Saturday, 5 October 2013

Cross roads - a block tutorial

As I was saying in my post yesterday, I am queen bee this month in the Siblings Together Bee 2. I couldn't find a pattern I really wanted to use so I played a little bit with an high-tech quilt design software (aka Excel) to put on paper/screen the idea I came up with, which could work for a bee. I decided on this block that I have called Cross Roads. It is a "pixelated" block that can be chain pieced very easily. Read on if you want to know how to piece it with, what I like to call my "extreme chain piecing" method, which is also an excellent method to avoid any confusion/mistake when you are piecing a pixelated block. All the squares are sewn as arranged for the block. I used this method when I worked on my Super Mario blocks and it was perfect with all these little 1' squares.



The block is not difficult as it is made of squares only. My block finishes at 18' and is made of 81 squares (2.5'). If you have a Sizzix machine and the 2.5' square die, this is ideal to cut your fabric for this block!
So for this block you will need:
40 background squares (white/cream/beige/off white for my block)
16 green squares
13 blue squares
12 red squares
Now take your squares and lay them on a table or on the floor in an arrangement you are happy with for your block and Take A Picture. (Just in case, a child, your cat/dog or the wind moves the squares before you had time to use them). This was my plan for the block:
You are now ready to chain piece the block. We will work in columns first (sewing column 2 to column 1, then adding column 3 then 4, 5 etc)
First place the blocks of the second columns face down on the first (A2 on A1, B2 on B1, C2 on C1 etc)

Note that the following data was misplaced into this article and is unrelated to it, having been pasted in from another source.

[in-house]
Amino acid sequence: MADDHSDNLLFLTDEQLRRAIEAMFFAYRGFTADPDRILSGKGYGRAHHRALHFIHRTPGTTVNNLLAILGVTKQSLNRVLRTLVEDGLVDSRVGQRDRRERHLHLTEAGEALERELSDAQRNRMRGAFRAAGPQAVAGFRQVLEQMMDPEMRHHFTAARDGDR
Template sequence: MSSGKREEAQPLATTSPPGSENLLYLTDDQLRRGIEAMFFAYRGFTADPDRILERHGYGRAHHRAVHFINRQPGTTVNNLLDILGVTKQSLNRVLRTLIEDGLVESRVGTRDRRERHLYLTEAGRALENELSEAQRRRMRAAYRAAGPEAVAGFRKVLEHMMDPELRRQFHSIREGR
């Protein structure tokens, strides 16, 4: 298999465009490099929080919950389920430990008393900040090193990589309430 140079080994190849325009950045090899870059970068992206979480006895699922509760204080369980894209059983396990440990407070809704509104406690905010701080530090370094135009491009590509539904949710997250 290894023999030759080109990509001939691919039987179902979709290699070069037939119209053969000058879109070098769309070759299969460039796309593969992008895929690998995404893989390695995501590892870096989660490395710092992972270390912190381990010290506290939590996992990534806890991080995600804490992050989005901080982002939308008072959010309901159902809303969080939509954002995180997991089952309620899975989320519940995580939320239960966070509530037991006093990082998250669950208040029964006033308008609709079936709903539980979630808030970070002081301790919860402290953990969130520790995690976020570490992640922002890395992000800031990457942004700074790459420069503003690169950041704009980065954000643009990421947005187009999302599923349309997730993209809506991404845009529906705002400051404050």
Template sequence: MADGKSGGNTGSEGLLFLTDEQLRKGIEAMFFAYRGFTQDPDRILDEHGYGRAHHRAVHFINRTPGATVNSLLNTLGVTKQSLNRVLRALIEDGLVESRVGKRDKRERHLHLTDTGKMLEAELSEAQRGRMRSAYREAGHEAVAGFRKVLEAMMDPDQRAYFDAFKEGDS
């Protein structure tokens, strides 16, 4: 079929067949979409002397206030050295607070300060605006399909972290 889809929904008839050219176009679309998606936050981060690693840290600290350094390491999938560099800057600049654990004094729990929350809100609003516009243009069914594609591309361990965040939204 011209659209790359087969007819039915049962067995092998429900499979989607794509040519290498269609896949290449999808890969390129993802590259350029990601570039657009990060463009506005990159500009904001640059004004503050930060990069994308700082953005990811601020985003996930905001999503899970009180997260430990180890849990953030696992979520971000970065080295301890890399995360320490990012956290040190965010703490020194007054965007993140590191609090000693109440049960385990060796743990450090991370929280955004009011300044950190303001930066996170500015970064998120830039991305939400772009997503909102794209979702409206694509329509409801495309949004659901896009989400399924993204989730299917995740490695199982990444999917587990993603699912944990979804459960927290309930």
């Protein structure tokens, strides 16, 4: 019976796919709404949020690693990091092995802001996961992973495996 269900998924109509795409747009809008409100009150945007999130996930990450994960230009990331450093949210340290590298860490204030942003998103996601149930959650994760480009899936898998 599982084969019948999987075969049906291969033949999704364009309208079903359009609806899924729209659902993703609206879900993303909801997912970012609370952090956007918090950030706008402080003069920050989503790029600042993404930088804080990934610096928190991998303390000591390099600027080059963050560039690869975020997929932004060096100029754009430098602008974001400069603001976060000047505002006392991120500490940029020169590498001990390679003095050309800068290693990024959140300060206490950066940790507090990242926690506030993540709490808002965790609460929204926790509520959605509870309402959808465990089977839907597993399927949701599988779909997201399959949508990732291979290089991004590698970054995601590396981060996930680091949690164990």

and starting from your last row (I) make a pile of your pair.
You can now sew all your chain piece all your pairs. Don't cut the thread between your pairs, head back to your block and make a pile of the column 3 squares (starting from row I)
Chain piece column 3 to your columns 1+2 pairs. Before you had your squares from row 3, finger press the seams. Press towards the left for row 1, right for row 2, left for row 3, right for row 4 etc.

Don't cut the thread between your groups of 3 squares and go and collect row 4 starting from I4.
Repeat until there is no lose square left! You will get an elongated version of your final block like this, which needs to be squeezed!
All the rows are attached together by the chain piecing thread, so you won't get confused when finishing it.
The final step now is very easy, you need to transform the rectangle above into a square. All you have to do is to sew row 1 to row 2, row 3 to rows 1+2, row 4 to rows 1+2+3 etc until finished. Because you have finger pressed your seams alternating left and right for each row, you will be able to align your squares very easily (you could be pinning if you wanted to but that would take some time!). I don't like pinning I must say. Anyway from the picture above to the picture below is less than 15 minutes sewing time and a few minutes pressing with the iron! Et voila, all done!
So what do you think? Do you like my block? Did you find my tutorial useful or is it not clear? Please let me know your thoughts. And if you make any blocks, well I'd love to see them!
Celine

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